Making Visible the Invisible

Sunday, February 19, 2012: 10:00 AM-11:30 AM
Room 211 (VCC West Building)
This symposium is concerned with our ability to measure and communicate subjective perception. It is about how we can use technology and other instruments to "see" physiological changes that take place inside the body. By listening directly to the body, we can make cross-cultural comparisons that circumvent cultural differences in how people perceive, interpret, or report phenomena. This symposium is also about the occasional disconnections that have been demonstrated between subjective reports and objective measures. Feelings of stress do not always match biomarkers of stress. Sensations of heat during the menopausal transition do not always correspond to the measurements of sweat on the upper sternum. How can we better measure perception? Pain researchers have long struggled with this question and have contributed a number of instruments to this area of research. Similarly, other researchers wonder if we can combat the disconnect between physiological need and energy consumption by making the calories in our food more visible. Can we teach consumers to differentiate between perception and true caloric density or portion size? Through technology and sophisticated measures, we can assess and communicate what is not easily seen.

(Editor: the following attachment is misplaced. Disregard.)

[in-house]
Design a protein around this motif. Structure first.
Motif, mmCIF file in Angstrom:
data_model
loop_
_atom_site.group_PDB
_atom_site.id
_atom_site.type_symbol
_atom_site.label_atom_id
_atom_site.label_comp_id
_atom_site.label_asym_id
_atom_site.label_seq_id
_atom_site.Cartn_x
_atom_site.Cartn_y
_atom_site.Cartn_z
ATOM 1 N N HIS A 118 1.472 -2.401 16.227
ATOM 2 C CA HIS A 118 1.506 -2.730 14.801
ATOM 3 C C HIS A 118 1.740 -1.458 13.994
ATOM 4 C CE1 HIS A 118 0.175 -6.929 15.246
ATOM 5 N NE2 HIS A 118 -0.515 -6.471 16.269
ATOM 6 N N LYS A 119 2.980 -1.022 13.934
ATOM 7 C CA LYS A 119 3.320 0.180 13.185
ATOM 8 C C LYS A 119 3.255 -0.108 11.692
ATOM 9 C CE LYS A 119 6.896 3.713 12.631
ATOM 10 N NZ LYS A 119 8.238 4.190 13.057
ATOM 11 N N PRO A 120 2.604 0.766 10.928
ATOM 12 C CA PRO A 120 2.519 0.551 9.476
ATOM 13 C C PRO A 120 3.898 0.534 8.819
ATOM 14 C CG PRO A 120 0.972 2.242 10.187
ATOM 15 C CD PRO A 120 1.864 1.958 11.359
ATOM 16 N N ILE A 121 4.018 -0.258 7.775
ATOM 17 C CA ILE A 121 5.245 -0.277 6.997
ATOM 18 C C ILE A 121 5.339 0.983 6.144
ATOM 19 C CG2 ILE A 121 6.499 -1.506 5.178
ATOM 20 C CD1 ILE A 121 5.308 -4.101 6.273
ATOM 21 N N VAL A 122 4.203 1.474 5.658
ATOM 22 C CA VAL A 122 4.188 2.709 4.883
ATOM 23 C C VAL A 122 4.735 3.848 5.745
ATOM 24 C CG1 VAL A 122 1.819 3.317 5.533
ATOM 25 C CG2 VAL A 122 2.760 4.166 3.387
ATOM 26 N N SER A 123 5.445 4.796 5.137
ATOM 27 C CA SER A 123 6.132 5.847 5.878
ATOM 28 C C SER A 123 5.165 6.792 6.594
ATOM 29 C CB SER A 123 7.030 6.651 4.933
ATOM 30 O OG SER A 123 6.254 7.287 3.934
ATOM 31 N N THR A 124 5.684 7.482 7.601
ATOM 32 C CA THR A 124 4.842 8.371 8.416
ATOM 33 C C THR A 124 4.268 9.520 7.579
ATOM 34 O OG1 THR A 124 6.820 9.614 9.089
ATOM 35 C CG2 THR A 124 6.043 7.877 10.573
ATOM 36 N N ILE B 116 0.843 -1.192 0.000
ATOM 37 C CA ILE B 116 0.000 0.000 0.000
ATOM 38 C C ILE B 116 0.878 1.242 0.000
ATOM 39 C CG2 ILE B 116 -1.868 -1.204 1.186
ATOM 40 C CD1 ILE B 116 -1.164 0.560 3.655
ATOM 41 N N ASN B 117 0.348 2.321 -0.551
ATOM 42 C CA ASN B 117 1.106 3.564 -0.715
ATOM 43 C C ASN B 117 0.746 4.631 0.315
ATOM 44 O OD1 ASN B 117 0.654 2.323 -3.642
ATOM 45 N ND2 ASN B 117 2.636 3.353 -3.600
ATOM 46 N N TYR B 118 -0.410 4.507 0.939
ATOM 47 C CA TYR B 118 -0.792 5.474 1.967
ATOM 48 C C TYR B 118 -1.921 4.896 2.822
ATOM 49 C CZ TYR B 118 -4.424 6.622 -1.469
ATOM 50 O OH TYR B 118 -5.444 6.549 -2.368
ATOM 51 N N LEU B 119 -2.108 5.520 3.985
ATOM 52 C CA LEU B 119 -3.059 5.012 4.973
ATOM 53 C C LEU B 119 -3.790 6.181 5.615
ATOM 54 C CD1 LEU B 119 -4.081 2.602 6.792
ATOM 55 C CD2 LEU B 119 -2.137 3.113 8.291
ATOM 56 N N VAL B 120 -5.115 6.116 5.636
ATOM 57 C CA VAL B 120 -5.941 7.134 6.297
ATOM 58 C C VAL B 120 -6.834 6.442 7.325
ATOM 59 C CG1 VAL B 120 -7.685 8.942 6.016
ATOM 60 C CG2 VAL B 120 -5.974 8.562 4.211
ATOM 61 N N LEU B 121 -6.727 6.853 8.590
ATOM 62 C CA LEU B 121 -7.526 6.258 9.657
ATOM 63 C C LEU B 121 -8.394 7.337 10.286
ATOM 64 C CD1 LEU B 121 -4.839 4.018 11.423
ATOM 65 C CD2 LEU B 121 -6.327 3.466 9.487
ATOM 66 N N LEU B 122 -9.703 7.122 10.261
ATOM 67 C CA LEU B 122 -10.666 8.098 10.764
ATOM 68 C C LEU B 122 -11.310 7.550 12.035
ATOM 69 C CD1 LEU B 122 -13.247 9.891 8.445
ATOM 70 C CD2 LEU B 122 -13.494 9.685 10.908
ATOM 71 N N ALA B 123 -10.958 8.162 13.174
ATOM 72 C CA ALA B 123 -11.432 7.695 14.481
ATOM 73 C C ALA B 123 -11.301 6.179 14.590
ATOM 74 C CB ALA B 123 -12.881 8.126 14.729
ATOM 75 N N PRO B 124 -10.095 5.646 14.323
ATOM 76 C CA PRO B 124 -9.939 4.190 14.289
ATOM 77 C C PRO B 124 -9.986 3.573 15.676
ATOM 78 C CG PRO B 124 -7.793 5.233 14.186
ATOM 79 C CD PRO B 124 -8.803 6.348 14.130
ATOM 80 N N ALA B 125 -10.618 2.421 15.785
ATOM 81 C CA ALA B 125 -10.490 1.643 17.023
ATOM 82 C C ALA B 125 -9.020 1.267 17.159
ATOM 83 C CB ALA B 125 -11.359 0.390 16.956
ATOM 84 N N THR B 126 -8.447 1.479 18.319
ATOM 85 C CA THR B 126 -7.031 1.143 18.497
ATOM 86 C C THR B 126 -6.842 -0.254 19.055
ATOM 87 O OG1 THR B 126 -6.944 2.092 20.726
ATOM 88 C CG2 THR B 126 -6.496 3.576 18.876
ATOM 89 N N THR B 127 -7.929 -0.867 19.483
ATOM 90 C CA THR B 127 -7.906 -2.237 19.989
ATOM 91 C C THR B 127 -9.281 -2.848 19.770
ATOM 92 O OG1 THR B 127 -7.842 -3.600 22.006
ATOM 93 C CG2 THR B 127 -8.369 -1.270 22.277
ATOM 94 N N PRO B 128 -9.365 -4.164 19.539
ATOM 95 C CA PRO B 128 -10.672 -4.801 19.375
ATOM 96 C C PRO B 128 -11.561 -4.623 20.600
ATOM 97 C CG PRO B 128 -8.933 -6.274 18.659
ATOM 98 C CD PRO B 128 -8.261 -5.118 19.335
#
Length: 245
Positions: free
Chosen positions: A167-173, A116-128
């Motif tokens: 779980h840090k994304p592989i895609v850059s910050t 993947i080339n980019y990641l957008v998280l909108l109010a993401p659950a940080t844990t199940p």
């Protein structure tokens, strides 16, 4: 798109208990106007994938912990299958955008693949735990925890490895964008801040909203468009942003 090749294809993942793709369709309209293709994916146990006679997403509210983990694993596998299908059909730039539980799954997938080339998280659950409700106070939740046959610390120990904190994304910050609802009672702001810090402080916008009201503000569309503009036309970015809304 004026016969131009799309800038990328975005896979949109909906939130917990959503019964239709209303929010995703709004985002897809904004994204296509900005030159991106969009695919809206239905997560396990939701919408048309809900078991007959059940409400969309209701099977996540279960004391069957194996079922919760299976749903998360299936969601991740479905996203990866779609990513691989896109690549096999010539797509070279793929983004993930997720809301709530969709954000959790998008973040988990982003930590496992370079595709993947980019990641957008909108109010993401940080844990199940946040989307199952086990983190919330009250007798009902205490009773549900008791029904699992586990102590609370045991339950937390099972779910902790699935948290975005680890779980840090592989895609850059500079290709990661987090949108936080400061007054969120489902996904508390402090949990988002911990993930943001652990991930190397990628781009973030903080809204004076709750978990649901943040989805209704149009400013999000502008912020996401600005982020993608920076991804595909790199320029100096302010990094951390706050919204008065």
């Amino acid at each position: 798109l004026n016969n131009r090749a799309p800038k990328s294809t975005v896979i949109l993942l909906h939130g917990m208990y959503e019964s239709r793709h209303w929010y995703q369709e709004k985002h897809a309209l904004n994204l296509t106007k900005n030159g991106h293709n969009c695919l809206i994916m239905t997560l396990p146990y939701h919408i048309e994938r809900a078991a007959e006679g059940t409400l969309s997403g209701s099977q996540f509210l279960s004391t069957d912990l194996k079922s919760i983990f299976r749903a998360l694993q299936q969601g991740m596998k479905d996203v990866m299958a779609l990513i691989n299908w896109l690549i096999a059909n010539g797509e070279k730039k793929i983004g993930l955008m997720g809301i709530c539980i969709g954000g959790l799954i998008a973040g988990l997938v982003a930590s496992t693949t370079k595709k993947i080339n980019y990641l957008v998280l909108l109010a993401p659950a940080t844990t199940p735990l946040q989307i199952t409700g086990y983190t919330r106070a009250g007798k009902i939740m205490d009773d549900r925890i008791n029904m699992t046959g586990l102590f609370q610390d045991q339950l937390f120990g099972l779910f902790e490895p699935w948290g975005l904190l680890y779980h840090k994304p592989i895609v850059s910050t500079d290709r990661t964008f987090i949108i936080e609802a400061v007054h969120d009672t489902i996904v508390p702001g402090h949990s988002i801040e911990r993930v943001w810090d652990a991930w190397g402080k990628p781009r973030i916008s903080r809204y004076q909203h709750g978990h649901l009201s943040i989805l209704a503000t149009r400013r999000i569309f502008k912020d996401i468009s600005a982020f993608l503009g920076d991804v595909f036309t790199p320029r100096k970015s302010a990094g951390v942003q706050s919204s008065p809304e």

Lynnette Leidy Sievert, University of Massachusetts
Lynnette Leidy Sievert, University of Massachusetts
Daniel E. Brown, University of Hawaii
Stress Biomarkers as an Objective Window on Experience
Marc W. Heft, University of Florida
The Challenge of Measuring Pain in Humans
Leslie Sue Lieberman, Women's Research Center
Why Are We Fat? The Visibility of Food and the Invisibility of Calories
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